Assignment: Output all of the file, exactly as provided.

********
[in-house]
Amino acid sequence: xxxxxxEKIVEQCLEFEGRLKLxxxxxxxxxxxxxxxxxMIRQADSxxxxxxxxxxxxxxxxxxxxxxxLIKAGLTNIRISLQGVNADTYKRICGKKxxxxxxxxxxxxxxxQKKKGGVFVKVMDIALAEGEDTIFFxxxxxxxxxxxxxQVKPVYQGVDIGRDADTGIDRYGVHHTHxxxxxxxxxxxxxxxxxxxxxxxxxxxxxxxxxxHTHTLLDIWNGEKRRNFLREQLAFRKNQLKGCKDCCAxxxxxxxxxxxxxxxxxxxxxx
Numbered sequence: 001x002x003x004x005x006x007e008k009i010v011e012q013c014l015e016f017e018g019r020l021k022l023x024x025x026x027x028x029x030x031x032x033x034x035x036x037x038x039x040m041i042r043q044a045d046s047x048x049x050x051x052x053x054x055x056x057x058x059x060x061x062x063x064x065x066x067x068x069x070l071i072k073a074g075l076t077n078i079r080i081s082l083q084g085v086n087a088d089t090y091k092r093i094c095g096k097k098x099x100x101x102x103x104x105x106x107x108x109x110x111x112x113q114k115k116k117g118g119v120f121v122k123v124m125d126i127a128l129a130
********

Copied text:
[in-house]
Amino acid sequence: xxxxxxEKIVEQCLEFEGRLKLxxxxxxxxxxxxxxxxxMIRQADSxxxxxxxxxxxxxxxxxxxxxxxLIKAGLTNIRISLQGVNADTYKRICGKKxxxxxxxxxxxxxxxQKKKGGVFVKVMDIALAEGEDTIFFxxxxxxxxxxxxxQVKPVYQGVDIGRDADTGIDRYGVHHTHxxxxxxxxxxxxxxxxxxxxxxxxxxxxxxxxxxHTHTLLDIWNGEKRRNFLREQLAFRKNQLKGCKDCCAxxxxxxxxxxxxxxxxxxxxxx
Numbered sequence: 001x002x003x004x005x006x007e008k009i010v011e012q013c014l015e016f017e018g019r020l021k022l023x024x025x026x027x028x029x030x031x032x033x034x035x036x037x038x039x040m041i042r043q044a045d046s047x048x049x050x051x052x053x054x055x056x057x058x059x060x061x062x063x064x065x066x067x068x069x070l071i072k073a074g075l076t077n078i079r080i081s082l083q084g085v086n087a088d089t090y091k092r093i094c095g096k097k098x099x100x101x102x103x104x105x106x107x108x109x110x111x112x113q114k115k116k117g118g119v120f121v122k123v124m125d126i127a128l129a130